Camera shooting specifications come in different flavours from one manufacturer to another, from a device model to another, and these specs may change over time to be replaced by new ones. Here are some examples which you may have seen before:
- Apple ProRes 422: VBR, maximum bit rate 147Mbps, 4:2:2 10 bit
- XAVC-I mode: QFHD 25P CBG, bit rate 250Mbps, MPEG-4 H.264/AVC
You don’t have the understand these to point and shoot, but what I’m saying is that if you don’t learn the scientific concept of your tool, well the decisions that you’re going to make on the job will be questionable and may eventually impact different stages of the master delivery (technical constraints, financial impact, TX date delays, team pressure).
That said, anyone involved with the technical intricacies of file compression (not just production people and especially post-production people) should have some form of understanding depending on how close you get to working with the media files.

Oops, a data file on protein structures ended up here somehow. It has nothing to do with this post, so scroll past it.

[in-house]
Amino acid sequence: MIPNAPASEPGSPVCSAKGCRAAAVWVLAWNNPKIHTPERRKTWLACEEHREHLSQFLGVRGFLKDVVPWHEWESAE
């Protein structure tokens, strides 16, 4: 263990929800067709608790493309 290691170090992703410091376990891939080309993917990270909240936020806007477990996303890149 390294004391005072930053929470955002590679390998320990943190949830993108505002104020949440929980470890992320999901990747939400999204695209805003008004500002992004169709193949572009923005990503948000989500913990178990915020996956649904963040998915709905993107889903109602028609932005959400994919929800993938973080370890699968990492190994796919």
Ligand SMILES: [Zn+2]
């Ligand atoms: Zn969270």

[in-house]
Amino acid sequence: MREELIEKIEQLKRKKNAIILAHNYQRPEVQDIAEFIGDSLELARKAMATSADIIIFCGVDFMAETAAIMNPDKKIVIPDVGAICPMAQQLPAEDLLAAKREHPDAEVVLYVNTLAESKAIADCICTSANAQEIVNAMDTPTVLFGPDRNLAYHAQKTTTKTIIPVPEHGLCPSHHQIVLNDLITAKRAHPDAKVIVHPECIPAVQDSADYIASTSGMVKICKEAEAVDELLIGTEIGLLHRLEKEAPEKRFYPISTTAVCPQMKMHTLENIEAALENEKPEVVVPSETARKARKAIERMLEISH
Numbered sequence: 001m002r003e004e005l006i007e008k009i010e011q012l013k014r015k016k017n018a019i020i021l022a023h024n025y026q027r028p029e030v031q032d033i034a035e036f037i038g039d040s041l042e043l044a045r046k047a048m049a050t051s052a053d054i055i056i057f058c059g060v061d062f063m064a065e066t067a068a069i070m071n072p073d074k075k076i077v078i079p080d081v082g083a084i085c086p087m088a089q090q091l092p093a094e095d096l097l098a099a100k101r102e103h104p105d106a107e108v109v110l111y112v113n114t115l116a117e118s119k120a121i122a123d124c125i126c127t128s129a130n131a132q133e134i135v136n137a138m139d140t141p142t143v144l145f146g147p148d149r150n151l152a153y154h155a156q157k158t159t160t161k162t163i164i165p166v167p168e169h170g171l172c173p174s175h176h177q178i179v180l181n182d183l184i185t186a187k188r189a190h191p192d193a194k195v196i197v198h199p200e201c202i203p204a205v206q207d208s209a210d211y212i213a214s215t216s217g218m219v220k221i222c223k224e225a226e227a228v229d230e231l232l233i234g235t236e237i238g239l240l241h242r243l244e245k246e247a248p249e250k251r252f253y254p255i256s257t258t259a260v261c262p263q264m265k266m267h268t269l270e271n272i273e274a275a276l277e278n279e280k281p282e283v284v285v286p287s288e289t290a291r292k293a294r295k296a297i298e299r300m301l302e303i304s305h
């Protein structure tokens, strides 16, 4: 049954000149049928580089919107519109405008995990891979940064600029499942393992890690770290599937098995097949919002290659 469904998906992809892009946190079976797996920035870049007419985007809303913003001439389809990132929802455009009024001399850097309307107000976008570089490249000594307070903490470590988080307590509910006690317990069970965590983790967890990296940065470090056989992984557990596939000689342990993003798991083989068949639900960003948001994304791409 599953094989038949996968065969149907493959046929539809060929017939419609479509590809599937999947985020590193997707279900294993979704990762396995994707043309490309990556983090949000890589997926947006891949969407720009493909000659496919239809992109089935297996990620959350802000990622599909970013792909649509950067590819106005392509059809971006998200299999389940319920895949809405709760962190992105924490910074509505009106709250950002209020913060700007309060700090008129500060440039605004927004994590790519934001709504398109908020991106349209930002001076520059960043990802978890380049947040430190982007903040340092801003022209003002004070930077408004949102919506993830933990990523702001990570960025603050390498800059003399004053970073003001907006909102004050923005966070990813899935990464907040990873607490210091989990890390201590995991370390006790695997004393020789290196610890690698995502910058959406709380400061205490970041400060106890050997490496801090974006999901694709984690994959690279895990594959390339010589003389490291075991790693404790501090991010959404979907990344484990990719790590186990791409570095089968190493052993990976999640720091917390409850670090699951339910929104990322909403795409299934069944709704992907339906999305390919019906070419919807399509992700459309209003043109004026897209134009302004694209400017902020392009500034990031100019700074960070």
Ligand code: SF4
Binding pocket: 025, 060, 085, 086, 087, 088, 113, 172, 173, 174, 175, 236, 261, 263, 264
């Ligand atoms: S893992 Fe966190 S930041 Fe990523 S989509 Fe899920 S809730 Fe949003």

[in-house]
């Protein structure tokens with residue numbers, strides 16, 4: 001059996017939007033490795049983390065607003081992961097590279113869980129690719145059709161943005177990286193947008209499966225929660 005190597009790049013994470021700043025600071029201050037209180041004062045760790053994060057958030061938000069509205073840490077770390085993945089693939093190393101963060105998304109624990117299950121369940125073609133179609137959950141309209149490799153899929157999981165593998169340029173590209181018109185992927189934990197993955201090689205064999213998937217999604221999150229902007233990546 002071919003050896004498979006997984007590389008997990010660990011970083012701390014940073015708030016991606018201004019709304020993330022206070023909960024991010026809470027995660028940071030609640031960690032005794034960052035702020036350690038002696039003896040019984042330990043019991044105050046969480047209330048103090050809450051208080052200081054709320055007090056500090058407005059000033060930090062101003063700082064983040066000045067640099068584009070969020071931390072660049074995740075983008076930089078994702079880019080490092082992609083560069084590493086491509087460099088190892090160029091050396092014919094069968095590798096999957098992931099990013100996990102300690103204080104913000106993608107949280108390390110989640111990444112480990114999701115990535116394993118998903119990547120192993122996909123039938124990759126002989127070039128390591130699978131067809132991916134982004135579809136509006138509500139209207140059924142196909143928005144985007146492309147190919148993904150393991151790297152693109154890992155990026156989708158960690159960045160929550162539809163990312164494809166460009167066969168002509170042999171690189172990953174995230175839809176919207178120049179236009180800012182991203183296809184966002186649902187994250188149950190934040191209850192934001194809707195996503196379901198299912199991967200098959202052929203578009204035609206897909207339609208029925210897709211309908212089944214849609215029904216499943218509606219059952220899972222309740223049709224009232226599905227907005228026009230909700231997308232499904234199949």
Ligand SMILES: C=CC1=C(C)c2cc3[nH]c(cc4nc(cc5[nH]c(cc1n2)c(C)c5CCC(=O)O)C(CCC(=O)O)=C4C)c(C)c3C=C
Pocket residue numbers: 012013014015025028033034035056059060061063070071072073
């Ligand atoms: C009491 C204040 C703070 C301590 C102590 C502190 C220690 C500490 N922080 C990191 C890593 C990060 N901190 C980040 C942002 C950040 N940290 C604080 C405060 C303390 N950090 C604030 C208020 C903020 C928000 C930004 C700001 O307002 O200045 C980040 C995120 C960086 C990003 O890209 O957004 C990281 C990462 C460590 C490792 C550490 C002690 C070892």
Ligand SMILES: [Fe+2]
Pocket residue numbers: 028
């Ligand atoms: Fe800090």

This document should benefit you whether you’re working as a one woman/man band or as part of a larger team. The intention here is rather to clarify the function of each piece of the puzzle and to explain how these all work together for you to optimise your workflow in the best, most cost-effective possible way. Devoting time to educating yourself should have its benefits in the long run.
Table of Contents
- Stepping Stones: from Tapes to Codecs
- The 3 Categories of Compression Algorithms
- Why & What is Compression: The Scientific Methods behind Video Coding
- Breaking Down the Video Compression Standards
- Containers (or Wrappers) for AV Files: What Are They?
- The Bit Rate Modes
- The Bit Depth (8-Bit, 10-Bit, 12-Bit): from the Sensor’s Native Analog Data Supply to a Digital Signal
- Chrominance Subsampling